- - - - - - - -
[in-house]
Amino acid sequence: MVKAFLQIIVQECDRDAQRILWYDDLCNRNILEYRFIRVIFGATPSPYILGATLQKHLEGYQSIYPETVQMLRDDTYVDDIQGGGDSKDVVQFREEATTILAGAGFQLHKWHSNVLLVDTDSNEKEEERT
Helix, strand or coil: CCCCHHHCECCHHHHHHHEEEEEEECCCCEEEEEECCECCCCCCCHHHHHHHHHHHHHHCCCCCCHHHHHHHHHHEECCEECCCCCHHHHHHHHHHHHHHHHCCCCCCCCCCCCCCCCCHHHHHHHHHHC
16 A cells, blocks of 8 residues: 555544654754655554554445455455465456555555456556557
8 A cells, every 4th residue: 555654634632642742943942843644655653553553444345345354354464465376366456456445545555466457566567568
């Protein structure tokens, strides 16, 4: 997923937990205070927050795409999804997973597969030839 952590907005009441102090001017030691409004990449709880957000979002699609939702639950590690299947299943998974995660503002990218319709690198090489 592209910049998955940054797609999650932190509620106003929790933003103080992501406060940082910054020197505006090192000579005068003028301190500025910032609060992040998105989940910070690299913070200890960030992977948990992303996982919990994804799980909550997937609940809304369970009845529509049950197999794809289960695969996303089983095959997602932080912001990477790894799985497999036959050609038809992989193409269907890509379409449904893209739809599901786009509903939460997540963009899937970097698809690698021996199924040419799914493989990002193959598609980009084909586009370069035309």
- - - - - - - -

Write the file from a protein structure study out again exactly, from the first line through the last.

[in-house]
Amino acid sequence: MVKAFLQIIVQECDRDAQRILWYDDLCNRNILEYRFIRVIFGATPSPYILGATLQKHLEGYQSIYPETVQMLRDDTYVDDIQGGGDSKDVVQFREEATTILAGAGFQLHKWHSNVLLVDTDSNEKEEERT
Helix, strand or coil: CCCCHHHCECCHHHHHHHEEEEEEECCCCEEEEEECCECCCCCCCHHHHHHHHHHHHHHCCCCCCHHHHHHHHHHEECCEECCCCCHHHHHHHHHHHHHHHHCCCCCCCCCCCCCCCCCHHHHHHHHHHC
16 A cells, blocks of 8 residues: 555544654754655554554445455455465456555555456556557
8 A cells, every 4th residue: 555654634632642742943942843644655653553553444345345354354464465376366456456445545555466457566567568
């Protein structure tokens, strides 16, 4: 997923937990205070927050795409999804997973597969030839 952590907005009441102090001017030691409004990449709880957000979002699609939702639950590690299947299943998974995660503002990218319709690198090489 592209910049998955940054797609999650932190509620106003929790933003103080992501406060940082910054020197505006090192000579005068003028301190500025910032609060992040998105989940910070690299913070200890960030992977948990992303996982919990994804799980909550997937609940809304369970009845529509049950197999794809289960695969996303089983095959997602932080912001990477790894799985497999036959050609038809992989193409269907890509379409449904893209739809599901786009509903939460997540963009899937970097698809690698021996199924040419799914493989990002193959598609980009084909586009370069035309």